The purpose was to describe the beliefs and practices of general physical education (GPE) teachers at the high school level on inclusion and teaching students with severe disabilities. Participants were two experienced GPE teachers at separate suburban high schools. The research paradigm was descriptive using a combination of naturalistic observation and interviewing (Fontana & Frey, 2000; Gay, 1996). Data were collected from eighteen lessons using field notes, wireless microphones, a video camera, an observation instrument, and interviews. Descriptive statistics and thematic narratives were used to present findings. The teachers mostly verbally interacted with those students who had severe disabilities. They varied in their teaching efficacy. Three recurring themes emerged from the data: (a) wavering beliefs, complexities of inclusion, and troubled confidence. Teachers must believe they are adequately prepared, well equipped, and supported to confidently exhibit effective inclusive GPE pedagogies.
Increasingly students with disabilities are being educated in general physical education (GPE) classes. To date, however, the extant literature on the efficacy of inclusion practice in GPE is sparse. Of note, Vogler, Koranda, and Romance (2000) evaluated the efficacy of a GPE program in which a people resource model (i.e., an adapted physical education [APE] specialist) was used to provide instruction for a child with severe cerebral palsy. They reported that this model was highly effective in time engagement and management. Moreover, the qualitative nature of inclusion was one of widespread social acceptance and successful motor participation.
Still today, there is limited research on the efficacy of inclusive practices. In contrast, the extant literature abounds in information on teacher effectiveness. For instance, scholars assert that effective GPE teachers: (a) demonstrate target skills and strategies for students, (b) provide multiple exemplars, (c) use guided and independent practice (Siedentop & Tannehill, 2000), and (d) reflect to inform their practice (Tsangaridou & O'Sullivan, 1997). It is reasonable to expect GPE teachers' teaching behaviors would be similar when teaching students with and without disabilities. But for teaching students with severe disabilities there would be more emphasis on adaptations, modifications, and supports (e.g., APE specialist, peer tutors) (Houston-Wilson, Dunn, van der Mars, & McCubbin, 1997; Vogler et al., 2000).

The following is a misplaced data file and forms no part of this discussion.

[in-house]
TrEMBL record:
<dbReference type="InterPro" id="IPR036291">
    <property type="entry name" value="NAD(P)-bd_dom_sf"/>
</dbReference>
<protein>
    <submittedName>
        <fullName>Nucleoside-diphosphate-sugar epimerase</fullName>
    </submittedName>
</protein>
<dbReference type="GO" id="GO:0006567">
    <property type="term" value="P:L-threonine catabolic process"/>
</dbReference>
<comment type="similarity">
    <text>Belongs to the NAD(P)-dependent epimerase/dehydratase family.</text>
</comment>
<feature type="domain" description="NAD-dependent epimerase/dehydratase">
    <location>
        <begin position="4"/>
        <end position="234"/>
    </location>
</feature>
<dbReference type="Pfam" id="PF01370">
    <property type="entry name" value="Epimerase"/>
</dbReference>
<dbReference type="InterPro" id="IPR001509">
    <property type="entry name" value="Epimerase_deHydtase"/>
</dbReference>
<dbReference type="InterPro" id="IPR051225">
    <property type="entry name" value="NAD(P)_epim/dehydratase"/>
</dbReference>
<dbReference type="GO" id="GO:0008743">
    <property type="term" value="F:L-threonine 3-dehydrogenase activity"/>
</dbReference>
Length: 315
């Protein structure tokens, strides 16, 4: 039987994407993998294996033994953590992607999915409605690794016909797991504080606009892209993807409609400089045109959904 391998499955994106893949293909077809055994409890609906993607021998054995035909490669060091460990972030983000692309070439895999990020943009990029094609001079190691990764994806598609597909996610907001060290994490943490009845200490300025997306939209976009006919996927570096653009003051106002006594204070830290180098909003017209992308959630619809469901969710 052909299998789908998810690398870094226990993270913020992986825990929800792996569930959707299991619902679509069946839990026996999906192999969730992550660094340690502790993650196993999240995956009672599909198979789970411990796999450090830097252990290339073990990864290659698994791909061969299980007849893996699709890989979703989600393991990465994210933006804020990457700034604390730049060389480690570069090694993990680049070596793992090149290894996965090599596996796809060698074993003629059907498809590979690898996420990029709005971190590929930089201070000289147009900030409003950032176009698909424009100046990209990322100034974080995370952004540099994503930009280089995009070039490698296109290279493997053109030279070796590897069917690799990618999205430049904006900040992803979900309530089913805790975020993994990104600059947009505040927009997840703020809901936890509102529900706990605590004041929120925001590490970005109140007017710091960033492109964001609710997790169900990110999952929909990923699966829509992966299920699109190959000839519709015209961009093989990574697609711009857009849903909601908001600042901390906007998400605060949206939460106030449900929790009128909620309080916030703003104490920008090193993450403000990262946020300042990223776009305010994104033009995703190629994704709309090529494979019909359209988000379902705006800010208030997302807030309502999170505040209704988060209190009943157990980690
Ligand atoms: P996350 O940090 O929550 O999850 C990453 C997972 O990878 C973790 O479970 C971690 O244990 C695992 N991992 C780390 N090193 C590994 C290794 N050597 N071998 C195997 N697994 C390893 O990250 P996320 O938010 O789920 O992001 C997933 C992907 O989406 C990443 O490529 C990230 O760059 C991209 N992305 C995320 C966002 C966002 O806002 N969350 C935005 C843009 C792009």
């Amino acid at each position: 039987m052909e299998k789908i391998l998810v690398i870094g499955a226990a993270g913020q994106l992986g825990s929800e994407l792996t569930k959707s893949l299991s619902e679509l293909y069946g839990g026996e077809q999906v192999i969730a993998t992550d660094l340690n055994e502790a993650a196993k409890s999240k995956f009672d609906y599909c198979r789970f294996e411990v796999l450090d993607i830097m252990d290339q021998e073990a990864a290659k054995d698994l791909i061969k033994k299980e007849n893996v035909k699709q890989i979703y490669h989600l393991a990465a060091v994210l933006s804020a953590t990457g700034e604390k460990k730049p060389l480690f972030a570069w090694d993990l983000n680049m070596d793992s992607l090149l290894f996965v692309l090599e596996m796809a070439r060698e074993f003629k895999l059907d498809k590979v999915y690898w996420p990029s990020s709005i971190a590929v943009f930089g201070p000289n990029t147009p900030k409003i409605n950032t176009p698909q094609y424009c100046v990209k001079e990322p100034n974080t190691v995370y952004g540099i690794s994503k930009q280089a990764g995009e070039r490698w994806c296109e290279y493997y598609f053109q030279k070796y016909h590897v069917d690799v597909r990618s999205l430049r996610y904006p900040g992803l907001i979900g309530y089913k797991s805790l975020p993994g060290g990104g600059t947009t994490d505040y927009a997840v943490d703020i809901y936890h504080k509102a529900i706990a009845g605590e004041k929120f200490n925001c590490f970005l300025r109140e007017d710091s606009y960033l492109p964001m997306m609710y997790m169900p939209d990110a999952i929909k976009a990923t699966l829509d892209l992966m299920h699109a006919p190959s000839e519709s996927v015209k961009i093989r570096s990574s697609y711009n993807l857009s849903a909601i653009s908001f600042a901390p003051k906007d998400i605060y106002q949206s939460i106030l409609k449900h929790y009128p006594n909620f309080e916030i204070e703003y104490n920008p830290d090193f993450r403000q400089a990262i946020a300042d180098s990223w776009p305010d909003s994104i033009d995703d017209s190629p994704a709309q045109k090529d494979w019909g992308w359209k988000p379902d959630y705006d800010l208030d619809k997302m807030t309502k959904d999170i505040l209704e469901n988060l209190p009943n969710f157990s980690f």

Theoretical Framework and Purpose
In addition to examining GPE teachers' efficacy-related behaviors, it is important to examine the beliefs that serve as the precursors to their behaviors. The theory of planned behavior (TPB) posits that three accessible belief aggregates (1) lead to the formation of a behavioral intention. The intent to perform various behaviors can be predicted from attitudes (Ajzen, 2001a, 2001b). If given sufficient control over the behavior, individuals are likely to carry out their intentions when presented with opportunities to do so (Ajzen, 2001a, 2001b).
Teachers' attitudes and how they are prepared for teaching students with varied disabilities are well-studied variables (Folsom-Meek, Nearing, Groteluschen, & Krampf, 1999; Hodge, Davis, Woodard, & Sherrill, 2002). We know far less about the behaviors of practicing GPE teachers who teach students with severe disabilities. Thus, the purpose of this study was to describe the beliefs and practices of two high school GPE teachers on inclusion and teaching students with severe disabilities. Implicit within that purpose is the question of teacher efficacy in teaching students with severe disabilities. TPB (Ajzen, 1991) was the theoretical framework for this study. Two research questions guided the study:
1. What were the behaviors of experienced high school GPE teachers toward students with severe disabilities in their classes? …